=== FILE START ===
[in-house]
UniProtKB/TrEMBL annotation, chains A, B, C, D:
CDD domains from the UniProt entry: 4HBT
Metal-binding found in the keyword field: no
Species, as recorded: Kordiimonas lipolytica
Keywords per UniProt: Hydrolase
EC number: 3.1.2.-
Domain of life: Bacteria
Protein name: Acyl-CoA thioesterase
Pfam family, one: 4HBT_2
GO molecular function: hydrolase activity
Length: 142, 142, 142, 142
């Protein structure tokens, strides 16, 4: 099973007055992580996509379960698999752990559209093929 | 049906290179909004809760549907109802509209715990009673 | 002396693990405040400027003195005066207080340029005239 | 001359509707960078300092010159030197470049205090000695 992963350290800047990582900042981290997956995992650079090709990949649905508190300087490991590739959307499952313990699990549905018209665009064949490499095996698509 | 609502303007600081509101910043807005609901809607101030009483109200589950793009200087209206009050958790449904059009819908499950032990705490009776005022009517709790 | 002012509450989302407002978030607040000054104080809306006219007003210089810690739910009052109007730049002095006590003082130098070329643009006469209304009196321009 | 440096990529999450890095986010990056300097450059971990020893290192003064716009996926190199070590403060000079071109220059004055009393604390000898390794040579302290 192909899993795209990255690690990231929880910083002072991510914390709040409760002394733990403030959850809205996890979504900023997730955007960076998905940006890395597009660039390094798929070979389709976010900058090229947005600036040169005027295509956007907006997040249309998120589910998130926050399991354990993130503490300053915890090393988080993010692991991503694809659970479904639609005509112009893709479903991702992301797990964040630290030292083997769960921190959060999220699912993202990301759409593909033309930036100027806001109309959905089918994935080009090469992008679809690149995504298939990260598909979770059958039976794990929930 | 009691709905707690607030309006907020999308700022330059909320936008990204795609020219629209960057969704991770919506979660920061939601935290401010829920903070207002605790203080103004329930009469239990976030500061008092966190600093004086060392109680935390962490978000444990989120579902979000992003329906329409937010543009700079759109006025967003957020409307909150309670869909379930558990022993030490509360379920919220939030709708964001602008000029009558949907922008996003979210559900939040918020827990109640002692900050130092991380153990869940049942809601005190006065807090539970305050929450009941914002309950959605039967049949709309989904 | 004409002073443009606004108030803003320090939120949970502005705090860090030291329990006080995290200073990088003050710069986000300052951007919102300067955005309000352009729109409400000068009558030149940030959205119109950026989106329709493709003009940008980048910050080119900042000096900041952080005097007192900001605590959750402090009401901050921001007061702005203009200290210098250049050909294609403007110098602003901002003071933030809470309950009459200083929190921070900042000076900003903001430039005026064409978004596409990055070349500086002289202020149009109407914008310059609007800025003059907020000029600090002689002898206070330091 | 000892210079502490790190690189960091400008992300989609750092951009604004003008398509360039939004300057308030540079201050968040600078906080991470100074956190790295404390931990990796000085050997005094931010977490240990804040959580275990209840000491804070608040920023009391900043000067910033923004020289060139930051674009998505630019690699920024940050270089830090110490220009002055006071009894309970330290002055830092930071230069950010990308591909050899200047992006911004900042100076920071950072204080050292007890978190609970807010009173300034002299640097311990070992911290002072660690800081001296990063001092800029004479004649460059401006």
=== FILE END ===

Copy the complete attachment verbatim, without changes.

[in-house]
UniProtKB/TrEMBL annotation, chains A, B, C, D:
CDD domains from the UniProt entry: 4HBT
Metal-binding found in the keyword field: no
Species, as recorded: Kordiimonas lipolytica
Keywords per UniProt: Hydrolase
EC number: 3.1.2.-
Domain of life: Bacteria
Protein name: Acyl-CoA thioesterase
Pfam family, one: 4HBT_2
GO molecular function: hydrolase activity
Length: 142, 142, 142, 142
């Protein structure tokens, strides 16, 4: 099973007055992580996509379960698999752990559209093929 | 049906290179909004809760549907109802509209715990009673 | 002396693990405040400027003195005066207080340029005239 | 001359509707960078300092010159030197470049205090000695 992963350290800047990582900042981290997956995992650079090709990949649905508190300087490991590739959307499952313990699990549905018209665009064949490499095996698509 | 609502303007600081509101910043807005609901809607101030009483109200589950793009200087209206009050958790449904059009819908499950032990705490009776005022009517709790 | 002012509450989302407002978030607040000054104080809306006219007003210089810690739910009052109007730049002095006590003082130098070329643009006469209304009196321009 | 440096990529999450890095986010990056300097450059971990020893290192003064716009996926190199070590403060000079071109220059004055009393604390000898390794040579302290 192909899993795209990255690690990231929880910083002072991510914390709040409760002394733990403030959850809205996890979504900023997730955007960076998905940006890395597009660039390094798929070979389709976010900058090229947005600036040169005027295509956007907006997040249309998120589910998130926050399991354990993130503490300053915890090393988080993010692991991503694809659970479904639609005509112009893709479903991702992301797990964040630290030292083997769960921190959060999220699912993202990301759409593909033309930036100027806001109309959905089918994935080009090469992008679809690149995504298939990260598909979770059958039976794990929930 | 009691709905707690607030309006907020999308700022330059909320936008990204795609020219629209960057969704991770919506979660920061939601935290401010829920903070207002605790203080103004329930009469239990976030500061008092966190600093004086060392109680935390962490978000444990989120579902979000992003329906329409937010543009700079759109006025967003957020409307909150309670869909379930558990022993030490509360379920919220939030709708964001602008000029009558949907922008996003979210559900939040918020827990109640002692900050130092991380153990869940049942809601005190006065807090539970305050929450009941914002309950959605039967049949709309989904 | 004409002073443009606004108030803003320090939120949970502005705090860090030291329990006080995290200073990088003050710069986000300052951007919102300067955005309000352009729109409400000068009558030149940030959205119109950026989106329709493709003009940008980048910050080119900042000096900041952080005097007192900001605590959750402090009401901050921001007061702005203009200290210098250049050909294609403007110098602003901002003071933030809470309950009459200083929190921070900042000076900003903001430039005026064409978004596409990055070349500086002289202020149009109407914008310059609007800025003059907020000029600090002689002898206070330091 | 000892210079502490790190690189960091400008992300989609750092951009604004003008398509360039939004300057308030540079201050968040600078906080991470100074956190790295404390931990990796000085050997005094931010977490240990804040959580275990209840000491804070608040920023009391900043000067910033923004020289060139930051674009998505630019690699920024940050270089830090110490220009002055006071009894309970330290002055830092930071230069950010990308591909050899200047992006911004900042100076920071950072204080050292007890978190609970807010009173300034002299640097311990070992911290002072660690800081001296990063001092800029004479004649460059401006």